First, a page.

Supporting a Friend or Family Member Who Has Just Come out

If someone close to you comes out as lesbian, gay, bisexual or transgender, you may be unsure about how you feel about it or how to respond.

It is important to let the person know that you still care about them, even if you don’t understand it all straight away.

Regardless of your initial thoughts or feelings, remember that just because someone identifies as lesbian, gay, bisexual or transgender, for the most part it doesn’t change who they are or were and doesn’t make them any less of a friend or family member.

What is important is that you try your best to support them, even if you’re unsure how you feel right now, and that you are willing to try and learn more about what their sexuality or gender identity means to them.

My friend/family member has come out as lesbian, gay or bisexual

Think about how you felt about them before they told you – ask yourself why this would change just because they are attracted to people of the same gender or are attracted to more than one gender. Who they are attracted to doesn’t change who they are as a person.

It’s OK to let the person know that it might take you time to get used to the idea, but that you will do your best to support them.

It’s also OK to ask questions, as this shows that you are taking them seriously. At the same time, try and be sensitive about how they are feeling. It’s not easy coming out to someone close to you.

Most people who come out have put a lot of thought into it before telling someone, so it is important to take it seriously.

Try and let the person explore their sexuality without trying to change or pressure them. Let them explain what their sexuality means to them, and how they define it.

My friend/family member has come out as transgender

If someone close to you comes out as transgender, you may feel unsure about how you feel about it or how to respond. It will probably take time to get used to the idea, especially if you weren’t expecting it.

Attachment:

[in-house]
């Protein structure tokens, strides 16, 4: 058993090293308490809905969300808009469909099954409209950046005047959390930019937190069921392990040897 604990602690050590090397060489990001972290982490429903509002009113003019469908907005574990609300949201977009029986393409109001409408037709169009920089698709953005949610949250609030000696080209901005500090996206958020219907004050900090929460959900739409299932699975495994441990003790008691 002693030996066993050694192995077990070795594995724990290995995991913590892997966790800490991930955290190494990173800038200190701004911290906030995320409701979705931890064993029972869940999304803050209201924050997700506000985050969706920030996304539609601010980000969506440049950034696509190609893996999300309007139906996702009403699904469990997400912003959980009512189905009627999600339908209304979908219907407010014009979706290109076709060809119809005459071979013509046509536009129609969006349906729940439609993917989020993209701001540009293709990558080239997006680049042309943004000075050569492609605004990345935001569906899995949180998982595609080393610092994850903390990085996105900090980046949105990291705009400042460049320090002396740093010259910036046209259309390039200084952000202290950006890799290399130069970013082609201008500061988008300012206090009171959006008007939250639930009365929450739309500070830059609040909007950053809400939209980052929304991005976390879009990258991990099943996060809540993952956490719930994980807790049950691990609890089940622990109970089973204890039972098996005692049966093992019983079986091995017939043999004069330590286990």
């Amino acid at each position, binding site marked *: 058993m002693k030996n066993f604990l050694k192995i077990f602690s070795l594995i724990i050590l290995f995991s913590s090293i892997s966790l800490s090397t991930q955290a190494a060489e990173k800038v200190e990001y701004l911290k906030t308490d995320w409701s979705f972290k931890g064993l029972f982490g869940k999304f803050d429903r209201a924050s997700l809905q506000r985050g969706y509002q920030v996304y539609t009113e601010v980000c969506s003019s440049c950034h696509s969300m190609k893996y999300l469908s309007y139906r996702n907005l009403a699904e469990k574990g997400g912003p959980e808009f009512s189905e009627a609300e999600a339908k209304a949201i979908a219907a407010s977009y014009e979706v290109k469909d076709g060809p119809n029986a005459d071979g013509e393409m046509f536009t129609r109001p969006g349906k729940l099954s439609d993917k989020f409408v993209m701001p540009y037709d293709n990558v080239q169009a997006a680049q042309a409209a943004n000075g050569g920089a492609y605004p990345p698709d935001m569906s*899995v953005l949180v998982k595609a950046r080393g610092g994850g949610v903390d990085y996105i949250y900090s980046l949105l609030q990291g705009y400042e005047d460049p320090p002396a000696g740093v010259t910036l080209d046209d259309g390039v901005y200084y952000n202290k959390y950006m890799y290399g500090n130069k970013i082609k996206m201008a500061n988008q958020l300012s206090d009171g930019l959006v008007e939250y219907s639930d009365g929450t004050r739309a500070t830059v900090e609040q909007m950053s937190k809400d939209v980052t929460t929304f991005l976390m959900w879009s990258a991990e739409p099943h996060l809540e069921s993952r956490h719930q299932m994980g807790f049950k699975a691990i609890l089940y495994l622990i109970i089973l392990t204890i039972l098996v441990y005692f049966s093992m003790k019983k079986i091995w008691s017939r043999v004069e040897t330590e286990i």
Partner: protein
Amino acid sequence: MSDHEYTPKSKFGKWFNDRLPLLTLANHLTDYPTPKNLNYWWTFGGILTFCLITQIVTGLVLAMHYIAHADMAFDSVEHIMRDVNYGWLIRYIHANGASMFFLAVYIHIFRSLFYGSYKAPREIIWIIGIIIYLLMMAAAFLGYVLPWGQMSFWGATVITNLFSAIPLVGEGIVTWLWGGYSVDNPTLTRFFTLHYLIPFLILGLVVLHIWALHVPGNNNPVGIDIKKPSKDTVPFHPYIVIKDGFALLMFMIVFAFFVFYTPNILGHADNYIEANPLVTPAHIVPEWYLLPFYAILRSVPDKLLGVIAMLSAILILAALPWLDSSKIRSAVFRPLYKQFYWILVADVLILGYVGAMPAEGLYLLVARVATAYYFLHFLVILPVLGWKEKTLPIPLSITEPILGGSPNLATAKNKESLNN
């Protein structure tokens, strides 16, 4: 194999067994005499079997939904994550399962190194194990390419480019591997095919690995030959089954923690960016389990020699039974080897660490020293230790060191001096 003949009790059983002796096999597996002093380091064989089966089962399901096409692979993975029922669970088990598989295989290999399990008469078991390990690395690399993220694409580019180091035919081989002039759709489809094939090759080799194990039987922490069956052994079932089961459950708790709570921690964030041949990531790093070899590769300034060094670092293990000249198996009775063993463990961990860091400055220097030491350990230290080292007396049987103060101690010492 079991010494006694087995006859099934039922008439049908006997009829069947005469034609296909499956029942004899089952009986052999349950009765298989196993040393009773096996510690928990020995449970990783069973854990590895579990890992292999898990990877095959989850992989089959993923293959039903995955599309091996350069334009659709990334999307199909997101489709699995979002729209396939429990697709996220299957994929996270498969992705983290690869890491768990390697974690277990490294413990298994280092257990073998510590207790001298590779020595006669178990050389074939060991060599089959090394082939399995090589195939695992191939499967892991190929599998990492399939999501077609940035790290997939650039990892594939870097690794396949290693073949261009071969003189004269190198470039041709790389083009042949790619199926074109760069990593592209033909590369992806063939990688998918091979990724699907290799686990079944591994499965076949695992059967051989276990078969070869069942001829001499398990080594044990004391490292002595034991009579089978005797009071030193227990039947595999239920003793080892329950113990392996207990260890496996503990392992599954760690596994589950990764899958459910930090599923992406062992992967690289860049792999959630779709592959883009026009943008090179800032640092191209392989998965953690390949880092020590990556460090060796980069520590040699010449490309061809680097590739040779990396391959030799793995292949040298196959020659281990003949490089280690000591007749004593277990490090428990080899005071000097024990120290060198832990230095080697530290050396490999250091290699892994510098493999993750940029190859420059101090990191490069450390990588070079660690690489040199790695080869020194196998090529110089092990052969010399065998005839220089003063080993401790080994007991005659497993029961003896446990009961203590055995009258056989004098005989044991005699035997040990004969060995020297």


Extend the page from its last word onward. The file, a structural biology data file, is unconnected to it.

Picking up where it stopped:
Remember if you have a relationship with this person either due to common interests, or through blood – why this would change just because the gender they were assigned with at birth is different to the gender they are?

It’s OK to let the person know that it might take you time to get used to the idea, and that it might take some time to get used to using new names or pronouns for them, but that you will do your best to support them.

It’s also OK to ask questions, as this shows that you are taking them seriously. At the same time, try and be sensitive about how they are feeling. It will have taken them a lot of courage to talk to you about this, so try to be as supportive as possible.

Most people who come out have put a lot of thought into it before telling someone, so it is important to take it seriously. Try and let the person explore their gender identity without trying to change or pressure them.

What else can I do?

Once you get more used to it, you could try learning more. There are lots of books that might help you understand a little more about what their sexuality or gender identity means, and it might help you better support them. It can even be useful to read autobiographies of famous LGBT people.

You could also look at websites like LGBT Youth Scotland, Stonewall and LGBT Health who have information and resources about lots of different sexualities and gender identities.

Visit our LGBTQI+ campaign page for more information.

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